Continents' constant shifting is one of the first things you learn when you study the geologic history of Earth. South America fits into Africa like a puzzle piece, after all. Back 200 million years ago, everything was combined in a supercontinent called Pangea.
Rocks alone seem to show that the breakup happened 180 million years ago. But a team of Australian scientists think that you should be able to see the split and continuing shifts written into the history of how animals have evolved. So that's what the researchers did, and they accomplished this by analysing a large group of species' evolution and compared them to the date of the breakup of Pangea.
Pangea first split into the continents Laurasia and Gondwana around 180 million years ago. The split led to a continuing shuffle and further splits until the landmasses assumed their present position. These splits led to species being isolated on either side. Once isolated, these species began their separate evolutionary journeys.
But there's a controversy in this field of biogeography, noted Liliana Katinas, a professor at the National University of La Plata in Argentina who was not involved in the study, in an email to Gizmodo. Do new species come from animals populating new territory (called dispersal), or did populations get separated during Earth's breakup (called vicariance)? New methods in biogeography put many in favour of dispersal as the prime factor. "The authors of this paper are trying to return to the previous ideas and re-emphasise the role of the rupture of continent in some organisms' distribution," said Katinas.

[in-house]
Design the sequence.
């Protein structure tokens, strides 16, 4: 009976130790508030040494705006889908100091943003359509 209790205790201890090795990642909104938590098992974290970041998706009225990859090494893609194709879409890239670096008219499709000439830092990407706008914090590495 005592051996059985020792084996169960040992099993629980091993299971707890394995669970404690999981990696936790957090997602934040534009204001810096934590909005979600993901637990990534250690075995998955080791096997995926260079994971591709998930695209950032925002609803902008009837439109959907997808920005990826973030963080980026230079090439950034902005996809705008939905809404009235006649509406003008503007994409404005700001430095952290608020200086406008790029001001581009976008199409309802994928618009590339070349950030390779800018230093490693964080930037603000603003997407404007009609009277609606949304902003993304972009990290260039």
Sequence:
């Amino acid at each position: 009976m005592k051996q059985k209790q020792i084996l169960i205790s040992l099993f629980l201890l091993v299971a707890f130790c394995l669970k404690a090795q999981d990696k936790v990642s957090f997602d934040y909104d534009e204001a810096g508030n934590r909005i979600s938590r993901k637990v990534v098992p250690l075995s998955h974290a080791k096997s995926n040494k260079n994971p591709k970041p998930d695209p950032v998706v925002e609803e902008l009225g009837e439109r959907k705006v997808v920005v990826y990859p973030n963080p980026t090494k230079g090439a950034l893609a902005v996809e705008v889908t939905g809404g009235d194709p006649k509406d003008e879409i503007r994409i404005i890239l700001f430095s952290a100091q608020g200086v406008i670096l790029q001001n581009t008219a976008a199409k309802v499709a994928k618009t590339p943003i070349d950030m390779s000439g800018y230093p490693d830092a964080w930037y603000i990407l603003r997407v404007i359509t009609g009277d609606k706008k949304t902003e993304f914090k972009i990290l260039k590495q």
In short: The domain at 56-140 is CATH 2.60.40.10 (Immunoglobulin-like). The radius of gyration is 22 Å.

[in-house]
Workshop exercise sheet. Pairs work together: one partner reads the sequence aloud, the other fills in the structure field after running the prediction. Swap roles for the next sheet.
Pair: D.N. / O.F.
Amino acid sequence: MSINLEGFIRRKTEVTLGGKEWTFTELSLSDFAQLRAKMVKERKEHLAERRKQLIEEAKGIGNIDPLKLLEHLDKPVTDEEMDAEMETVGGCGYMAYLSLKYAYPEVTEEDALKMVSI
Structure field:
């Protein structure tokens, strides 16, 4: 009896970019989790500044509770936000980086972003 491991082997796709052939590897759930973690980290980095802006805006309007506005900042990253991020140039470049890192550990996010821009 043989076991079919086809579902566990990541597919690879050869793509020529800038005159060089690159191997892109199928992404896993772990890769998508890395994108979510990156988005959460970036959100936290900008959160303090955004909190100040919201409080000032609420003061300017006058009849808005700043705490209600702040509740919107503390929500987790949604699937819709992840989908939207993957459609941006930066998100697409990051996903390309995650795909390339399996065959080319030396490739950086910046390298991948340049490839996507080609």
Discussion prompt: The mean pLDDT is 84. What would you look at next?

The researchers used the timetree.org database to find data on molecular clock divergence dates and to see how species diverged based on their genetics and proteins in their bodies. They admitted that the database varies in its quality, but it's just about the most comprehensive data available. They picked pairs of freshwater and terrestrial vertebrate groups that were descended from common evolutionary ancestors and represented on at least two continents, and looked at their divergence times.
After lots of number crunching and analysis, the divergence dates of the major groups separated by continents seemed to line up well with the continents separating geographically, according to the paper published this week in the Proceedings of the Royal Society B. This adds further evidence to the importance of vicariance, over dispersal, as the cause for further speciation.
The study impressed at least one other researcher. "Their paper is valuable in showing an expected pattern of organismal divergence is correlated across deep time," Joe Cracraft, Chair of the Division of Vertebrate Zoology at the American Museum of Natural History, told Gizmodo in an email. "Other studies have tried this, but not with as much success."
There's room for scepticism, though, that the authors Katinas and Cracraft both point out. Katinas immediately pointed to the timetree.org data as a potential source of error. Also, things such as land bridges and uncertainties in what landforms actually looked like might cloud the accuracy of the data, and there are plenty of moving pieces the model had to correct for. And "another caveat is that estimating time trees is not straightforward," said Cracraft, "but their statistical approach helps account for some of that."
But ultimately, this paper is swinging the pendulum between two competing ideas, said Katinas, gradually reaching a balance between them.